Garfield Nigeria Ltd, a public affairs company, has sued Access Bank Plc for allegedly blocking an account used to promote media coverage of the #EndSARS protests against police brutality in the country.
The company said the blocking of the accounts was illegal and is demanding damages of 100 million naira ($262,000), according to court documents.
The company said the restricted account was used to raise funds to support independent Nigerian journalists that covered nationwide demonstrations that lasted over two weeks, Bloomberg reported on Wednesday.
“As more people contributed to our efforts, we noticed that we could no longer conduct transactions on the dedicated account we used for this particular activity,” Adewunmi Emoruwa, the lead strategist for Abuja-based Garfield told Bloomberg.
The lawsuit will test whether blocking Gatefield’s account without a court order was unlawful.
There were other allegations by individuals and organizations on social media that their accounts were restricted during the protests for apparently similar reasons.
“A successful challenge at the court could make the difference for others who were likewise targeted,” Emoruwa said.
Emoruwa said Gatefield was told by Access Bank that it was directed by the Central Bank of Nigeria (CBN) to put restrictions on the account, implemented on Oct. 15.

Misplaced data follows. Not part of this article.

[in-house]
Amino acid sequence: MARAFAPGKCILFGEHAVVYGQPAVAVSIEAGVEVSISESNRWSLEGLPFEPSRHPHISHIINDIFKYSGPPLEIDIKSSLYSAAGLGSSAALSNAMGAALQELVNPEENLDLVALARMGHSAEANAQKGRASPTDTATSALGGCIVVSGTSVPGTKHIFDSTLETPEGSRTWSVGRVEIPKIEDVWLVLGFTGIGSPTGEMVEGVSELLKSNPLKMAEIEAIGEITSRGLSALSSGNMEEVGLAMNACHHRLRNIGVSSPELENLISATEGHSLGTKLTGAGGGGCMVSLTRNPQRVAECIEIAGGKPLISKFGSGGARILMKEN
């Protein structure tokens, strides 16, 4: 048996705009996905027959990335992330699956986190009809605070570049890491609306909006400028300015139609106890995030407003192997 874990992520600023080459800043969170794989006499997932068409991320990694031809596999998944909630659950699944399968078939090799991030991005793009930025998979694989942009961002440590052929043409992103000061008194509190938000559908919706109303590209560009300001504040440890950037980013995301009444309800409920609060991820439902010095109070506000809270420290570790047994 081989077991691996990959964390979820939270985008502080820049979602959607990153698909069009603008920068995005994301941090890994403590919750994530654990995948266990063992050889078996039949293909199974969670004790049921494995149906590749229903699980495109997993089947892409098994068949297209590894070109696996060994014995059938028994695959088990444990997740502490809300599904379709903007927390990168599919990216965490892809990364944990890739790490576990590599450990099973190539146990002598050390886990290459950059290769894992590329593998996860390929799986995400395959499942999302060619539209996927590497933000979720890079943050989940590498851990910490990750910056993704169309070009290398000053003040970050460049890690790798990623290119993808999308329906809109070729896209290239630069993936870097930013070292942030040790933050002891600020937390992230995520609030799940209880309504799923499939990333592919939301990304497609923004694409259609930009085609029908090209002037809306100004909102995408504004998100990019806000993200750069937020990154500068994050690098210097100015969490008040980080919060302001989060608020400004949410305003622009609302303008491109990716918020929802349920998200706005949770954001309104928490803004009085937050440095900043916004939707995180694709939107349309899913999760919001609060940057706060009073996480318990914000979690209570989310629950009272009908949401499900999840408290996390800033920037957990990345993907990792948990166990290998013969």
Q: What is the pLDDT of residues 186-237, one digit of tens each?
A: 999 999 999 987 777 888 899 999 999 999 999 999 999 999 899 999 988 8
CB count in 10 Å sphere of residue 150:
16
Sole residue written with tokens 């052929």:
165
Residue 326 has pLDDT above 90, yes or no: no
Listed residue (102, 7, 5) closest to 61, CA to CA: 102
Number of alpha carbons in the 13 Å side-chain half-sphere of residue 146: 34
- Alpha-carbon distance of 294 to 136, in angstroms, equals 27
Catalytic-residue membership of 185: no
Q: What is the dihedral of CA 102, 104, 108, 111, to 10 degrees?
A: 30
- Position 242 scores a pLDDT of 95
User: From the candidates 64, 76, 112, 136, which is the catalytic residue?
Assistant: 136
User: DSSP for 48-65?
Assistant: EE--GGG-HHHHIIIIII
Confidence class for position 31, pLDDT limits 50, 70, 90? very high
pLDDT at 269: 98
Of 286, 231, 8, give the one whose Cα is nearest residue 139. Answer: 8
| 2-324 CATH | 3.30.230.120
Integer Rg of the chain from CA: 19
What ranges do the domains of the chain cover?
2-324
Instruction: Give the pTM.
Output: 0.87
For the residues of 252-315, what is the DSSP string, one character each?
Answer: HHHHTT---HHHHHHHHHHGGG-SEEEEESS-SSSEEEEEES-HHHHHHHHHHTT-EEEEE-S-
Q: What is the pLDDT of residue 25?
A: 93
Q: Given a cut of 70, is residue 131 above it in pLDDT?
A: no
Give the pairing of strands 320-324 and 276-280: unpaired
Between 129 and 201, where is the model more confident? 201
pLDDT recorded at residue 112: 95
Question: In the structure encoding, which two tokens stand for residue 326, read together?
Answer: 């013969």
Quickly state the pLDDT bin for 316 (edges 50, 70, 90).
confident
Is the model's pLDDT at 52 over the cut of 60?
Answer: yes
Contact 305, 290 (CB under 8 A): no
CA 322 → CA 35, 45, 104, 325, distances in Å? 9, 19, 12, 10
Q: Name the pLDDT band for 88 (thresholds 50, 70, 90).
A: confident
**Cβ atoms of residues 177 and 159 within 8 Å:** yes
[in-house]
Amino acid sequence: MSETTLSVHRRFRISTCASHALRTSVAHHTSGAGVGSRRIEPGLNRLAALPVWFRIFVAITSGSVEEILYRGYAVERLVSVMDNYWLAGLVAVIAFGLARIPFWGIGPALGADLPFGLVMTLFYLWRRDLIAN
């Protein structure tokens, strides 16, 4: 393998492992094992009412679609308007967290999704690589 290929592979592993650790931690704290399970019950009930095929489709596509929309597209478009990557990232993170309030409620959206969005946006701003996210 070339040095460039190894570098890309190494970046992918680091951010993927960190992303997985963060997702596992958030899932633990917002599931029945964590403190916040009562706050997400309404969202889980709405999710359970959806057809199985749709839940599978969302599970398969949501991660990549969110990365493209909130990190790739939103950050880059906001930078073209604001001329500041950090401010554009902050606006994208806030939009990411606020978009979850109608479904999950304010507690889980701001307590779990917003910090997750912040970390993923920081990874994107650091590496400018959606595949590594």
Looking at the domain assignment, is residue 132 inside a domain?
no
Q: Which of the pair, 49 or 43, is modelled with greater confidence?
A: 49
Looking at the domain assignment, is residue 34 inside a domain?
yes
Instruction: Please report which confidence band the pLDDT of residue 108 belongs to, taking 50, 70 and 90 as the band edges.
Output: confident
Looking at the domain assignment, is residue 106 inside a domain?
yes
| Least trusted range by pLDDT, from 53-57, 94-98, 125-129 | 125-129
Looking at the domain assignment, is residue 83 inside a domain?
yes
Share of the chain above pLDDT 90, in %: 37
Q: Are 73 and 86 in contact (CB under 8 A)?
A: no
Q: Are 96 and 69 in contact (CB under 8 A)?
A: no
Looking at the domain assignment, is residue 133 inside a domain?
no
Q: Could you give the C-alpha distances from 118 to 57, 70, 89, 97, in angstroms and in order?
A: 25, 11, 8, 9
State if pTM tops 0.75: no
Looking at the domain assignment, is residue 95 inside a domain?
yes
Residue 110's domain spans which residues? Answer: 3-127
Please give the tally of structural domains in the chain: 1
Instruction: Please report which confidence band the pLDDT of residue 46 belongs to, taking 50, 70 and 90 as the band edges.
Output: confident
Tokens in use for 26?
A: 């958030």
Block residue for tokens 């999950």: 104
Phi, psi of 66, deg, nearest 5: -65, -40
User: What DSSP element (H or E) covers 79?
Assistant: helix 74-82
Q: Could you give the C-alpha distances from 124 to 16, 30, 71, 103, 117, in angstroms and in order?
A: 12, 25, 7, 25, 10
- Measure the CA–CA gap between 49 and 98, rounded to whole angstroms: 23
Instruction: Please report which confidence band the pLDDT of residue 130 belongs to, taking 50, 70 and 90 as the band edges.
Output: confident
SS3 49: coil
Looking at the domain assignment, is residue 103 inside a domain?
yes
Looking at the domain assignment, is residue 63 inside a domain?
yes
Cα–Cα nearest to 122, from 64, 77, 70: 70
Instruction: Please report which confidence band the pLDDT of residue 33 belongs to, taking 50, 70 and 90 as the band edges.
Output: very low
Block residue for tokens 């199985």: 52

A spokesman for Access Bank, however, said the bank does not comment on its customers to third parties. The bank did not deny or confirm the allegation by Gatefield, Bloomberg said.
Gatefield’s allegation against Access Bank is not the only case of restriction of flow in finances to sponsor the protest.
A group providing administrative, logistic, and legal support for #EndSARS protesters Feminist Coalition also accused Access Bank of restricting their accounts.
An Access Bank account operated by #EndSARS promoter Bassey Israel, a pharmacist, who was in charge of the #EndSARS Medical team in Port Harcourt had been reportedly blocked since October 15.
Many Nigerians have accused the government of being tyrannical by blocking funding access for the protests which held in major Nigerian cities.
Security forces dispersed the protesters with live ammunition on Tuesday, October 20 at Lekki Toll Plaza, according to eyewitnesses. The protest was hijacked by hoodlums who looted and destroyed private and public properties.
Amnesty International said 12 people died at Lekki toll gate and Alausa on the same day but the Nigerian Army and police have denied the claim.
The International Criminal Court (ICC) said it is investigating issues around the protest. Guardian